I’m so excited to study the book of Ruth with you!!
I think the backstory to this book is so incredibly interesting.
Let’s set the stage…God’s people had been delivered from Egypt into the Promised Land which would flow with milk and honey as long as the people followed God.
But, the people would follow God for a while then cycle into periods of doing what “felt right in their own eyes”. (Hmmm. Sounds like a country I know, but let’s just park that here for right now)
During these four hundred years of moral and spiritual decay, God mercifully provided deliverers for His people, time and time again, in the form of judges (the likes of Gideon and Deborah) rather than kings.
The people would rebel, repent, be restored, only to repeat the same cycle over and over.
During one of the periods when God’s people were going their own way and doing sinful things that felt right to them, God allows a famine to strike the land.
A man named, Elimelech, his wife Naomi, and their two sons, leave Judah and head back toward Moab.
Don’t miss the fact that they literally left the Promised Land and returned to the wilderness.
There, Elimelech dies. Naomi finds herself a widow in a foreign land. And curiously, rather than return home then, Naomi and her sons stay in Moab for ten years, and the sons marry two Moabite women. (There is some disagreement among scholars over whether marriage to a Moabite was completely forbidden for God’s people or if it brought about consequences related to worship for generations. Remember, the Moabite King Balak had set out to curse the Jewish people. The Moabites descended from Moab who was the son produced by a drunken Lot sleeping with his daughter. Note this example of the Bible not sugarcoating the propensity of human hearts to rebel against God. .)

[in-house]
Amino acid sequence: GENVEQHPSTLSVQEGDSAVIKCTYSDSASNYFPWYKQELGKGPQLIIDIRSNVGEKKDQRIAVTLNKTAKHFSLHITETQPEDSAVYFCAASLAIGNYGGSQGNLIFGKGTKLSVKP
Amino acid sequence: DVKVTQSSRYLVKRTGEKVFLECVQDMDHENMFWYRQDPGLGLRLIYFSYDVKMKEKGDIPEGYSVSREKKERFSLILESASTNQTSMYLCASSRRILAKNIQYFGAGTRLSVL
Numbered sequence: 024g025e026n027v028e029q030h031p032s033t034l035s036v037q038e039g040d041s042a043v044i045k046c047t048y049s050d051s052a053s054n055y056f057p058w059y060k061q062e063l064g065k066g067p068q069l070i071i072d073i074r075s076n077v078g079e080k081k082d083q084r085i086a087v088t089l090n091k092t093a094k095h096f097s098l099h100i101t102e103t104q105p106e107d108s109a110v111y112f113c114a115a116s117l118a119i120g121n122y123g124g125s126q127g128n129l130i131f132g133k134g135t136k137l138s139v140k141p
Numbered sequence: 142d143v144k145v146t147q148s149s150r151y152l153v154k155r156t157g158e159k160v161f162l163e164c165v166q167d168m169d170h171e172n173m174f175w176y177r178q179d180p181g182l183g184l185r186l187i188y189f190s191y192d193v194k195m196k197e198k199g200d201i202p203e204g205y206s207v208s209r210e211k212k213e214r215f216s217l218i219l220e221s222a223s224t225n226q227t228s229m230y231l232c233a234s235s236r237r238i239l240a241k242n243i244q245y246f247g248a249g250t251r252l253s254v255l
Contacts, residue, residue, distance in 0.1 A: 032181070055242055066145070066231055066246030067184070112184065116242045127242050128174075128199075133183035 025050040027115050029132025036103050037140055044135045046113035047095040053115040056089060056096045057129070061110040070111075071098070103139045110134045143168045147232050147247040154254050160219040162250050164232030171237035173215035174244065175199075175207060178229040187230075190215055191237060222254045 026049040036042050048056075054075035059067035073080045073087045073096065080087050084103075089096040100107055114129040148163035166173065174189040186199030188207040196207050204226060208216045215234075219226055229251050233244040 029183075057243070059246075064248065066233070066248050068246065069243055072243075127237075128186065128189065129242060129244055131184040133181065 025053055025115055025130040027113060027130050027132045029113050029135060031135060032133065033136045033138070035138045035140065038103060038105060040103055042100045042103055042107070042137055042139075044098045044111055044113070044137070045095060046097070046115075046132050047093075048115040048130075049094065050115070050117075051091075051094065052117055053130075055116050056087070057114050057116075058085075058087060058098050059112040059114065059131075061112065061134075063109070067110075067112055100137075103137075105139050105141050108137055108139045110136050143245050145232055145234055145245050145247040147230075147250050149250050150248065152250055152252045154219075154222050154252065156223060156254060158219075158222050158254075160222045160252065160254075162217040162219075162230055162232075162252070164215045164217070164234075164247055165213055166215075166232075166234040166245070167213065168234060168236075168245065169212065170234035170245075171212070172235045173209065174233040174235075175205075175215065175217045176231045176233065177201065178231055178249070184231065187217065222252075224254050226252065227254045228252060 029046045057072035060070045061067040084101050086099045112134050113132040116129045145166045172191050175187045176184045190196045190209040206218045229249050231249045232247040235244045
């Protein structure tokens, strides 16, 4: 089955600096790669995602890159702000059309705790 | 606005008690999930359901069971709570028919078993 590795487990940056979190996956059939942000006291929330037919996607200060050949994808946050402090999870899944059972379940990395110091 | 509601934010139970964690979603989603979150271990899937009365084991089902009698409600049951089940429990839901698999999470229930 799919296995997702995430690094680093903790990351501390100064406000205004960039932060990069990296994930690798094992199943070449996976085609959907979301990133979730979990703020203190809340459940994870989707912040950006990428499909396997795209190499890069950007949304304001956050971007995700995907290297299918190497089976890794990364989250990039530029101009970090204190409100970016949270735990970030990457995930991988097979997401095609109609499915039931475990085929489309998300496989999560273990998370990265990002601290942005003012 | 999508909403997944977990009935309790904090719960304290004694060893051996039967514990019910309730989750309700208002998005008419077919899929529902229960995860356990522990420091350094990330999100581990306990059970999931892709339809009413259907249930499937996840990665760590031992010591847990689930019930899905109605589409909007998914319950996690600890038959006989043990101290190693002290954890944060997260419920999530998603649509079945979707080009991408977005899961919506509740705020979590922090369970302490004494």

But back to the book of Ruth —
Next, Naomi’s two sons die; and she, and her daughter-in-laws (one of which is Ruth), are now all childless widows. For the culture of the time, this was the low of the low.
Like many of us, Naomi was affected by the decisions of others-her husband, her culture. Had Gods people not done “what felt right in their own eyes” and brought about famine, her family might not have left the Promised Land in the first place.
And I wonder, had Naomi done those same sinful things the others had done? Did she have regrets over her own sin choices. (I know I have).
At the very least, Naomi, like many of us, was affected by circumstances out of her control. She tragically lost her husband and her sons while alone in a foreign land.
Life seems to have dealt her terrible blow, after terrible blow. How alone she must have felt. How hopeless. Have you felt ever this way? Did you blame God?
But could God bring good from Naomi’s hard things? Even the things she, herself, might have caused?
And if so, can He bring good from your hard things ? Can the Most High redeem what seems impossible to redeem? What about that sin you’d never tell anyone about? Is His mercy that deep? Is His arm that strong?
Oh hold on!! For the book of Ruth isn’t just a story. For what God will bring from this line of hard things will, ultimately, not just save Naomi but will save all who call on the Name of the Lord!
Invite your friends. Read along. Interact in the comment section. As always, I so appreciate your prayers to only write as the Lord would have me. What a Savior!